Nonviolence, Peace

The constructive power of nonviolence: My experience with Marpo Village

by Renji George Joseph

Marpo Village is situated in the Kauwakol Block of Nawada District in Bihar State of India. This is a remote, highly underdeveloped village in the valley of two adjacent hills which borders Jharkhand State and Bihar State. After this village the bordering areas are hillocks and thick forest areas. Even to day one has to travel nearly two hours from the Block Head Quarters of Kouwakol through mud and kachha (not concrete) roads to reach this distant village.

This area has experienced repeated confrontation between the violent forces of Naxallite movement and the armed forces of the Bihar State. The people living in this area have been victims to both the impacts of combing operations by the State Forces and the violent activities of the Naxallites. In the 1990s and in the beginning of 2000 period these social tensions have been at their peak.

The village and its sub-hamlets together hosted more than 2000 families. The small villages around this main village added another 2000 families making a total population of more than 20000 persons occupying this entire valley and the hillocks There was exactly no other livelihoods to this large population other than agriculture. The area was (is still) a drought prone area with the entire rainwater running off the hillocks and drained in to the rainfed rivers towards Kouwakol. The entire irrigation of all these villages depended on a Check Dam built joining the two major hills down the valley. Toward the end of 1990s this Check Dam had broken and the people in this area had been frequenting the relevant government offices for reconstructing their only water source for agriculture and drinking water through recharge of the drought hit water table. The relevant officials hardly responded.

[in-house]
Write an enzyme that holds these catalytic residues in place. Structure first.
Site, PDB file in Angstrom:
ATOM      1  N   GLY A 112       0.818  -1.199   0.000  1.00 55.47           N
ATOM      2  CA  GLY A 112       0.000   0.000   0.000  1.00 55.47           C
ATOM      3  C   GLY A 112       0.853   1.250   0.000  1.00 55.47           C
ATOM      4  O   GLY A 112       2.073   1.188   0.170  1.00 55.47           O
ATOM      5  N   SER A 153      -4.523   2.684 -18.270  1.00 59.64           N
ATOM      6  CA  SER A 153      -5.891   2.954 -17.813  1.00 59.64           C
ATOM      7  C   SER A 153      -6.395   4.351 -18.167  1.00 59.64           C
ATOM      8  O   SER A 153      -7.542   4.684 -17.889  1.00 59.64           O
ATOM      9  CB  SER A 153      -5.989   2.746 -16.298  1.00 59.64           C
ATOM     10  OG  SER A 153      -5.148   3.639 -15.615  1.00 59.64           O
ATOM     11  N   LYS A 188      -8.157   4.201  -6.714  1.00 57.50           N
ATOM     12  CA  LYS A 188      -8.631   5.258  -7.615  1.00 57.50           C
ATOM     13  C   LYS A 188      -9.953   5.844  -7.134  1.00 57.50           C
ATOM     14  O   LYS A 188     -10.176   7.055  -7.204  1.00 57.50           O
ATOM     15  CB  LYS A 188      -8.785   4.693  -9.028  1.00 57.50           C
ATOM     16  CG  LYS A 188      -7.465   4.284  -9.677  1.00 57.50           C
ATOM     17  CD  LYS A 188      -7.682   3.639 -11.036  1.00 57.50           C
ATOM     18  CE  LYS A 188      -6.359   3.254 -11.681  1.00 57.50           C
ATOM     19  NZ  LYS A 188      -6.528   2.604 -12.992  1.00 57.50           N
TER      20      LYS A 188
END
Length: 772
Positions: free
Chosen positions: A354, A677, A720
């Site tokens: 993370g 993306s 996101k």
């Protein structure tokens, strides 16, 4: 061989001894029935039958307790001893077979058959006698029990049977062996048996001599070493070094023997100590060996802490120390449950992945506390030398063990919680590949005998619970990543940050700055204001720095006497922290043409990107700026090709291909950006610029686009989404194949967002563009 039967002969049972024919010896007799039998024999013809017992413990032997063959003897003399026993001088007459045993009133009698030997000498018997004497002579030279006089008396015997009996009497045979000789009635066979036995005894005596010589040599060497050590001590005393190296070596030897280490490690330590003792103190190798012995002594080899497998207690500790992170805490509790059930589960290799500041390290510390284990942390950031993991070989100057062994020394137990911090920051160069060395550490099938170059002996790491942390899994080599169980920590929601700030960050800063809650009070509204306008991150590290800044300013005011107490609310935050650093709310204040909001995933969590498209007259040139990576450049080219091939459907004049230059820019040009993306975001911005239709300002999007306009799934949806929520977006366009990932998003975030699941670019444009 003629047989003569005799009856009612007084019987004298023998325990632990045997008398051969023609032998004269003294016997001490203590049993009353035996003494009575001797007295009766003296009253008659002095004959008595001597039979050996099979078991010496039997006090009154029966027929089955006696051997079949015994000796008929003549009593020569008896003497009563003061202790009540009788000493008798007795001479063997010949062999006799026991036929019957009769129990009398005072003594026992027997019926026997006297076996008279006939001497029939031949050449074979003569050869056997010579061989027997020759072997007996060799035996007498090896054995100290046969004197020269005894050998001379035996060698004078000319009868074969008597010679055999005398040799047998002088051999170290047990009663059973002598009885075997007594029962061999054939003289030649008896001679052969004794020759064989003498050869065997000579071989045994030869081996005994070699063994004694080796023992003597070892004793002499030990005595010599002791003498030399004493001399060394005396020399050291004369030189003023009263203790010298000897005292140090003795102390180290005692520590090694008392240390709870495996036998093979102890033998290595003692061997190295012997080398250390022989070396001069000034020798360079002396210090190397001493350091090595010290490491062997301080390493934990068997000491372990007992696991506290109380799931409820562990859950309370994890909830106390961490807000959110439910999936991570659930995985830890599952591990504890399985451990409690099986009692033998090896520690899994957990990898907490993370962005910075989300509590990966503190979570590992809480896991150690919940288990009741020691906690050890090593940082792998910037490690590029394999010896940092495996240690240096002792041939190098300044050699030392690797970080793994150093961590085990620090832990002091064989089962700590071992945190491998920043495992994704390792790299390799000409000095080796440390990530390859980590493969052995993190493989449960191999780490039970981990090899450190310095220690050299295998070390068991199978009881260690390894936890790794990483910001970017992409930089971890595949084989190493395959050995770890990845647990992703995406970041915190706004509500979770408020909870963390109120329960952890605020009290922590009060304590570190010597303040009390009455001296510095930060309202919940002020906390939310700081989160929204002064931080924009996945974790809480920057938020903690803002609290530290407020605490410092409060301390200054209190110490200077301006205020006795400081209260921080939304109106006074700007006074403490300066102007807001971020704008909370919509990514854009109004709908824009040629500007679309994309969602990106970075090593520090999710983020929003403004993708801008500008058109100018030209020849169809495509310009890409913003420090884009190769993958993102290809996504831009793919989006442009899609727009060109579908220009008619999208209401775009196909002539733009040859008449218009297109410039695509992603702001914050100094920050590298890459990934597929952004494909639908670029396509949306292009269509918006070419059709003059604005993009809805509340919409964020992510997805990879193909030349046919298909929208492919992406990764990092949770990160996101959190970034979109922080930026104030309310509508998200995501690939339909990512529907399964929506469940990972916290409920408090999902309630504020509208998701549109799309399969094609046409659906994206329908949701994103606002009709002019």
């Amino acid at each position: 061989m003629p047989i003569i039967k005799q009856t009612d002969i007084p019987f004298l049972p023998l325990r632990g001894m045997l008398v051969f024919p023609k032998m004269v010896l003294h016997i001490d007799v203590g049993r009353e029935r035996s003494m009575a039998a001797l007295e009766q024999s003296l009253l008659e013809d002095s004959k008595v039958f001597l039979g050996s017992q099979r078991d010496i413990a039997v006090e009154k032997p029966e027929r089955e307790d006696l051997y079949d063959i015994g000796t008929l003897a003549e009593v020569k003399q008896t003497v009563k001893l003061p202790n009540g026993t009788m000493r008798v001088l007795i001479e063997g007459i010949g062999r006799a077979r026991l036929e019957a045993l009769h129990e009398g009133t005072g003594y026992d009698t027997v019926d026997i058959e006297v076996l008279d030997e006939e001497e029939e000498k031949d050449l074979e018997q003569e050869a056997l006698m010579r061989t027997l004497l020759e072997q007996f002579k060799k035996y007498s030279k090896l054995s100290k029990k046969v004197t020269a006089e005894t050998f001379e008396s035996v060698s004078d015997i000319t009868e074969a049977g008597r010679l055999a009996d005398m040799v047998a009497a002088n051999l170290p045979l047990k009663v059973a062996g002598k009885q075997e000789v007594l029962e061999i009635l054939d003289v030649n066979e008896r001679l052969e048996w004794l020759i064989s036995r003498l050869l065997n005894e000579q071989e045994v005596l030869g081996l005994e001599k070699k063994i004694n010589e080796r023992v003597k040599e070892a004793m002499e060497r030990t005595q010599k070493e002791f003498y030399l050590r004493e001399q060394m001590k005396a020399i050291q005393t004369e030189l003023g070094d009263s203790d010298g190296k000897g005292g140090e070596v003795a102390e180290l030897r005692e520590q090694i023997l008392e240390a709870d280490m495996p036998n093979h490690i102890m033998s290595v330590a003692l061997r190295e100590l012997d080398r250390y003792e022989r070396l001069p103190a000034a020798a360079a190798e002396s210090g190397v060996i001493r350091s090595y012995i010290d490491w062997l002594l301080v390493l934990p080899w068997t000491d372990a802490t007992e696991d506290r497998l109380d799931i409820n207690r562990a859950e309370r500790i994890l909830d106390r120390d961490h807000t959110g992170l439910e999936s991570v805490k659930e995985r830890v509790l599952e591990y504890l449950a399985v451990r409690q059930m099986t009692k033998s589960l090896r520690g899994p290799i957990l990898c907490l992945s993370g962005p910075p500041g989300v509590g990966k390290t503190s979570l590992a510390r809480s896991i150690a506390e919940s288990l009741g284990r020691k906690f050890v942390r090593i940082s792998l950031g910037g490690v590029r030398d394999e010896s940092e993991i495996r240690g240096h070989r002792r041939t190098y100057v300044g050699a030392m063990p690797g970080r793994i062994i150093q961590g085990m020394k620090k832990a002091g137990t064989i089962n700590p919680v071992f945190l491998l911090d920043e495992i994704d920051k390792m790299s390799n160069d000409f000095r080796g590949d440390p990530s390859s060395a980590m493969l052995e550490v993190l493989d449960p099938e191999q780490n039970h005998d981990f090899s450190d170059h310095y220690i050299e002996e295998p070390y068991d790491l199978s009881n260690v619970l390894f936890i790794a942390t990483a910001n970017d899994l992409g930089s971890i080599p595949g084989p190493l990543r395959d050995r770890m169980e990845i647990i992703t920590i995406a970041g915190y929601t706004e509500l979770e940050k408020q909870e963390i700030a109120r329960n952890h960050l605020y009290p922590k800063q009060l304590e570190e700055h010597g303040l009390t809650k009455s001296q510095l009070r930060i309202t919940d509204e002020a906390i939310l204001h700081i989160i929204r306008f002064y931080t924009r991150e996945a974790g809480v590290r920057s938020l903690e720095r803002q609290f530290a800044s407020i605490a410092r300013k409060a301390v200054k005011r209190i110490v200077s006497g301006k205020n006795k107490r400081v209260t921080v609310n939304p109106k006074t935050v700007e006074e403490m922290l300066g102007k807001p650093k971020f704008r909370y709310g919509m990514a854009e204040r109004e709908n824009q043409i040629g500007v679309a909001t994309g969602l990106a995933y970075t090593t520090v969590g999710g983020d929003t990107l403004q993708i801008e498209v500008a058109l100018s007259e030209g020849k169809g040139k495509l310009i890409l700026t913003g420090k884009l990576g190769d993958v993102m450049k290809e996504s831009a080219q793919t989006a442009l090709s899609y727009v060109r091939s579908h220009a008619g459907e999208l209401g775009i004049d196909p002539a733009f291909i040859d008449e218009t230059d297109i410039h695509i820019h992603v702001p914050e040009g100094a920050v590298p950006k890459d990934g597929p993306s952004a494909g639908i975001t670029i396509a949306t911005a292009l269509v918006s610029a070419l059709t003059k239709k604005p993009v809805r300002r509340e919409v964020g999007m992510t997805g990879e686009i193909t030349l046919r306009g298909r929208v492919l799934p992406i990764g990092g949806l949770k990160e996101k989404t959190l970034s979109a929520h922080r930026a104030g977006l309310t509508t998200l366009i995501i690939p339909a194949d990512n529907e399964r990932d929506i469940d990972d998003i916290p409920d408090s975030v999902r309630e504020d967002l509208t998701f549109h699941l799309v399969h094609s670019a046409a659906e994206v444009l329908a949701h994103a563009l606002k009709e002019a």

The Naxal Forces occupying the forest areas above the hills at the borders used to employ violent interventions occasionally to deter the police and para military forces from their camps and training areas. Unfortunately, one of these operations misfired during this period resulting in the death of some Monks of the Jain Community which suddenly pushed the area in to national media. Suddenly there was lot of blaming, counter blaming, combing operations, armed combats, suppressions, searches and a lot of structural violence and social tensions in the entire area making life all the more difficult for the villagers…

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